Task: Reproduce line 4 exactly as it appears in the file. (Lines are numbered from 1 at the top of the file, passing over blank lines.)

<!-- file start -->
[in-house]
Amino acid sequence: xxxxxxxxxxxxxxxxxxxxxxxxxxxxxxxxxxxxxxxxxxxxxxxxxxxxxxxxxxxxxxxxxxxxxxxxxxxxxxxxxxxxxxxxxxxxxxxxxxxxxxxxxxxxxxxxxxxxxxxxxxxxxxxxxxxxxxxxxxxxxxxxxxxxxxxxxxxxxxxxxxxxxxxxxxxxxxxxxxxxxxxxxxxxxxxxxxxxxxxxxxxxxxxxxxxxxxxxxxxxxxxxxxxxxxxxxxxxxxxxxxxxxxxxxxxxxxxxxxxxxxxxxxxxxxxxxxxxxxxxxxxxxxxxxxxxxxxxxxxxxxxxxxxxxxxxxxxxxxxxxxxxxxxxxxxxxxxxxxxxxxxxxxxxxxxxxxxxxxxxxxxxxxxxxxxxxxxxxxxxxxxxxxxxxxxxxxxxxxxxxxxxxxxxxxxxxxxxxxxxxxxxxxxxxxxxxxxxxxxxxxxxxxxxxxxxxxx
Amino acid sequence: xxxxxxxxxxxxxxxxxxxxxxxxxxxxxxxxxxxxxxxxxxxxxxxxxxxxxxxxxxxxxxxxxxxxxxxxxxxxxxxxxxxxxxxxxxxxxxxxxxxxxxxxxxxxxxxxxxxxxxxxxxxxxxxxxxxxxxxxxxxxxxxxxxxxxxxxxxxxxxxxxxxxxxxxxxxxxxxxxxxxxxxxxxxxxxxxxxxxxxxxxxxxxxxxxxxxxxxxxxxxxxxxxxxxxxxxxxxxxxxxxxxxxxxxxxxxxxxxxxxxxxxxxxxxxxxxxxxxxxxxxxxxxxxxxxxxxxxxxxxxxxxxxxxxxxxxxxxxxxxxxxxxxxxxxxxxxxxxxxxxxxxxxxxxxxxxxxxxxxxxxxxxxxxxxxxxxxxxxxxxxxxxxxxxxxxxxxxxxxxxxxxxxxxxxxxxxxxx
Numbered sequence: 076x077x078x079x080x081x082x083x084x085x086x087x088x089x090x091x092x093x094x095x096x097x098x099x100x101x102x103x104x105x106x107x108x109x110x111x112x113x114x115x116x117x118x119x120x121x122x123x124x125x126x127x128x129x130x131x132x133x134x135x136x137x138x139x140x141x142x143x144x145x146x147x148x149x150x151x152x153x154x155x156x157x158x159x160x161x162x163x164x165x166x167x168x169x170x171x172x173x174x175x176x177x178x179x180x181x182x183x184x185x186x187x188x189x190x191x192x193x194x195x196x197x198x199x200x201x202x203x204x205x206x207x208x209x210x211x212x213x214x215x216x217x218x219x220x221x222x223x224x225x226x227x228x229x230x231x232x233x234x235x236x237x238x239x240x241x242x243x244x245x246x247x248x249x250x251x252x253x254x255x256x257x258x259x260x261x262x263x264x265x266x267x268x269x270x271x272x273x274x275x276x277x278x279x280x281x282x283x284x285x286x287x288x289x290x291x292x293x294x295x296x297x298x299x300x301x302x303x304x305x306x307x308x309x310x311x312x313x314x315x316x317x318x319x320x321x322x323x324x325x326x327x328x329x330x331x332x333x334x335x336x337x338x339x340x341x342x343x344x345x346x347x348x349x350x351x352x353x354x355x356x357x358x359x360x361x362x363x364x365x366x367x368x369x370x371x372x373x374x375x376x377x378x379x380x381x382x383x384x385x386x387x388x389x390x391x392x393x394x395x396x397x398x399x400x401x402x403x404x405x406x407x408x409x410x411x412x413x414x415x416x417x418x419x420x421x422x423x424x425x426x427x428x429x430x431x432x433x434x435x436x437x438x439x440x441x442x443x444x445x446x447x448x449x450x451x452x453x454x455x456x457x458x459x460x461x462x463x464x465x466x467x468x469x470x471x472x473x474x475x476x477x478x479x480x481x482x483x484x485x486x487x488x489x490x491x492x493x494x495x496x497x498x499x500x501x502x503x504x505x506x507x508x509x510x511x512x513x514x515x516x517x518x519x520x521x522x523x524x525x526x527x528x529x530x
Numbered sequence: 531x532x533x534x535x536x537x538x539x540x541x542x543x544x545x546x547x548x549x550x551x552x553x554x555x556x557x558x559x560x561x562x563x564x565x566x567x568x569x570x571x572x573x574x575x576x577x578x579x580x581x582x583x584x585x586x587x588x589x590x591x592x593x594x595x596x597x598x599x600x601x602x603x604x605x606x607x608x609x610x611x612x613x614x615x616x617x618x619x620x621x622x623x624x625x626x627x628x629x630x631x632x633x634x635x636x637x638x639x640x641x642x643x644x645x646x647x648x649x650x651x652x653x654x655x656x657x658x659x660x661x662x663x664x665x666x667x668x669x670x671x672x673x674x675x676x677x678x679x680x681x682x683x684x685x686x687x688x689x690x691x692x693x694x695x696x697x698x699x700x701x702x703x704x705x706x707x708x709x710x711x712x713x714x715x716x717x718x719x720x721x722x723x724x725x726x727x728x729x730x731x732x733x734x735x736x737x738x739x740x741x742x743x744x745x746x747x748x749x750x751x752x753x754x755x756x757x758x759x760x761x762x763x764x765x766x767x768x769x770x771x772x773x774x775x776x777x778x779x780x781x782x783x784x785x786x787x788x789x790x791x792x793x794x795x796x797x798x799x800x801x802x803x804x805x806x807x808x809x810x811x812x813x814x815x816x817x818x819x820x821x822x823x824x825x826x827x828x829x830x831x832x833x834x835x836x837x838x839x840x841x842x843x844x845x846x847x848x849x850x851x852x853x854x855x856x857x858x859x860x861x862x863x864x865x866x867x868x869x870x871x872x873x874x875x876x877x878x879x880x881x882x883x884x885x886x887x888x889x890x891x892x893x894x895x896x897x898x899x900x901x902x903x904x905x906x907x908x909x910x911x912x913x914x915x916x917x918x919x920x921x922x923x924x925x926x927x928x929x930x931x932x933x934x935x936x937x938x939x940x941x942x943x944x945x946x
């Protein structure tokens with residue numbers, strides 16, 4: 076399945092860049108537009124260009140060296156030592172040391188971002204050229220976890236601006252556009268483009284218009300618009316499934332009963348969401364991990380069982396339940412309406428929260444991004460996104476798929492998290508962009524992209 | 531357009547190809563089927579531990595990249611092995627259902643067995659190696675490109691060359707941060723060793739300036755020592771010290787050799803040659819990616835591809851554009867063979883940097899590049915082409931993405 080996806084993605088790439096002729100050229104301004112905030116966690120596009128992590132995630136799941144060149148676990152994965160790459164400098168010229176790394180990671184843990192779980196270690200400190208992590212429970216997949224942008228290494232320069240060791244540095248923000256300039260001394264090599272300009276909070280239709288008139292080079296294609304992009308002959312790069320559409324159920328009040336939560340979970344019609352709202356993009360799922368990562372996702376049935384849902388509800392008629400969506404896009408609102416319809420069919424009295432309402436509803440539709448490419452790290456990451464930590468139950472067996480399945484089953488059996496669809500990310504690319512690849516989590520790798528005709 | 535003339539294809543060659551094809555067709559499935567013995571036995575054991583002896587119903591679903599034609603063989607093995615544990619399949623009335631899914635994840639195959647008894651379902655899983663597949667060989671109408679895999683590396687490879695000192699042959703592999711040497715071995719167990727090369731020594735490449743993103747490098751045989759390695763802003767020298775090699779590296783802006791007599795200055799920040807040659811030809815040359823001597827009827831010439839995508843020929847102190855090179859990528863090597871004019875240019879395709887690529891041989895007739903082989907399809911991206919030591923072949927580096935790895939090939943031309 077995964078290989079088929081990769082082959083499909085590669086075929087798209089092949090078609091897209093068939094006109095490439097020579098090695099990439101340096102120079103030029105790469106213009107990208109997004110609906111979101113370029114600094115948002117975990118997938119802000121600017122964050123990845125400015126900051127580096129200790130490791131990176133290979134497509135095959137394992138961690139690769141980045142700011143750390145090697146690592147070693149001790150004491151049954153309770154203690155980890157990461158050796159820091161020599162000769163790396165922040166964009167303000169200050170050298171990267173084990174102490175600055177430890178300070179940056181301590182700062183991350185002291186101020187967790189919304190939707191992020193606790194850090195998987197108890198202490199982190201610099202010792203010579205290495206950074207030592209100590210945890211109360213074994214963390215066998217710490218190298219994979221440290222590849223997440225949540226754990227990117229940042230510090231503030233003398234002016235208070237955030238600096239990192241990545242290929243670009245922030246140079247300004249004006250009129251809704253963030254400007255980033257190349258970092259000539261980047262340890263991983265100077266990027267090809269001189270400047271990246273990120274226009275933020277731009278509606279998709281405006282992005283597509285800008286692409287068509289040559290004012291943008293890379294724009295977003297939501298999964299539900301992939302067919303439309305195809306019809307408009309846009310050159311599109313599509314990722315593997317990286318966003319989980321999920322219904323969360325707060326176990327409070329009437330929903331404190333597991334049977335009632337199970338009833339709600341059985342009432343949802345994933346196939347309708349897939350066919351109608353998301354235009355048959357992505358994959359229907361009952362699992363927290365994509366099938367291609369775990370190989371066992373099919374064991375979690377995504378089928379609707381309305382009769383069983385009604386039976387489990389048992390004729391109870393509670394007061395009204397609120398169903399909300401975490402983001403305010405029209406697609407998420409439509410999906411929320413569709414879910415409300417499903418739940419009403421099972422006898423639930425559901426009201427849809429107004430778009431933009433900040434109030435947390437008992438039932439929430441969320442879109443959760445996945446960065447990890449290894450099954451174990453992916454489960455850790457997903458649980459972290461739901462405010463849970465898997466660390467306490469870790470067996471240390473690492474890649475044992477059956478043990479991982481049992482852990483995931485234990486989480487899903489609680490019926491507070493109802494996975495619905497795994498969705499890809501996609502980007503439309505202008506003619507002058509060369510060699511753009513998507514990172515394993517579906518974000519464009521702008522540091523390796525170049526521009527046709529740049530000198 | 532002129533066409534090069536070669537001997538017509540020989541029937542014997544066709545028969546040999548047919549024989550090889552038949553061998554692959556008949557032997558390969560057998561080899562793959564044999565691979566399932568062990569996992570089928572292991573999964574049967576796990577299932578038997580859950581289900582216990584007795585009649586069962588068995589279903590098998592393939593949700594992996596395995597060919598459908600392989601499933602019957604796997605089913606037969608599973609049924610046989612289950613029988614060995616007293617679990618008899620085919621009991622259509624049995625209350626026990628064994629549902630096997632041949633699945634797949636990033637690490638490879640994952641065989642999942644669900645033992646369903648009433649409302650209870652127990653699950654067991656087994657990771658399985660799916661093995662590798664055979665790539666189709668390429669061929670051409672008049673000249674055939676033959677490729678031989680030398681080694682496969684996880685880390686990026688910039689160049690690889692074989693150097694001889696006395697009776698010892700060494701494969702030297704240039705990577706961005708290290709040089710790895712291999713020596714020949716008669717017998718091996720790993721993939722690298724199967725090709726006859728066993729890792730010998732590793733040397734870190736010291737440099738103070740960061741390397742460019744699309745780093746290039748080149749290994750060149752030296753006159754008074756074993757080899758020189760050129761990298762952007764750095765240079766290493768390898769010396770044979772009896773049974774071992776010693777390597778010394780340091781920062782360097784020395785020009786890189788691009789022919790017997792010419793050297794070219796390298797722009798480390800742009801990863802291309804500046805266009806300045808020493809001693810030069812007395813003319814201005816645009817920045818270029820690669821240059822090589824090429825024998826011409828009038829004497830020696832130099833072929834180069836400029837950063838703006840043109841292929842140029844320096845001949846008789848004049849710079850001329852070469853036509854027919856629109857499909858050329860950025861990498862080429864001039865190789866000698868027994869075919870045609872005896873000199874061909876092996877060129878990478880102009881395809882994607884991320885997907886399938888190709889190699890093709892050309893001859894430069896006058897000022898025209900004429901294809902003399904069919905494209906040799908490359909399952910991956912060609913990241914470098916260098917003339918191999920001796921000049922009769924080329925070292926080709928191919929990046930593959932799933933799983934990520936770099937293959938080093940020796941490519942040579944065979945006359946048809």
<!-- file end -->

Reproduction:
Numbered sequence: 076x077x078x079x080x081x082x083x084x085x086x087x088x089x090x091x092x093x094x095x096x097x098x099x100x101x102x103x104x105x106x107x108x109x110x111x112x113x114x115x116x117x118x119x120x121x122x123x124x125x126x127x128x129x130x131x132x133x134x135x136x137x138x139x140x141x142x143x144x145x146x147x148x149x150x151x152x153x154x155x156x157x158x159x160x161x162x163x164x165x166x167x168x169x170x171x172x173x174x175x176x177x178x179x180x181x182x183x184x185x186x187x188x189x190x191x192x193x194x195x196x197x198x199x200x201x202x203x204x205x206x207x208x209x210x211x212x213x214x215x216x217x218x219x220x221x222x223x224x225x226x227x228x229x230x231x232x233x234x235x236x237x238x239x240x241x242x243x244x245x246x247x248x249x250x251x252x253x254x255x256x257x258x259x260x261x262x263x264x265x266x267x268x269x270x271x272x273x274x275x276x277x278x279x280x281x282x283x284x285x286x287x288x289x290x291x292x293x294x295x296x297x298x299x300x301x302x303x304x305x306x307x308x309x310x311x312x313x314x315x316x317x318x319x320x321x322x323x324x325x326x327x328x329x330x331x332x333x334x335x336x337x338x339x340x341x342x343x344x345x346x347x348x349x350x351x352x353x354x355x356x357x358x359x360x361x362x363x364x365x366x367x368x369x370x371x372x373x374x375x376x377x378x379x380x381x382x383x384x385x386x387x388x389x390x391x392x393x394x395x396x397x398x399x400x401x402x403x404x405x406x407x408x409x410x411x412x413x414x415x416x417x418x419x420x421x422x423x424x425x426x427x428x429x430x431x432x433x434x435x436x437x438x439x440x441x442x443x444x445x446x447x448x449x450x451x452x453x454x455x456x457x458x459x460x461x462x463x464x465x466x467x468x469x470x471x472x473x474x475x476x477x478x479x480x481x482x483x484x485x486x487x488x489x490x491x492x493x494x495x496x497x498x499x500x501x502x503x504x505x506x507x508x509x510x511x512x513x514x515x516x517x518x519x520x521x522x523x524x525x526x527x528x529x530x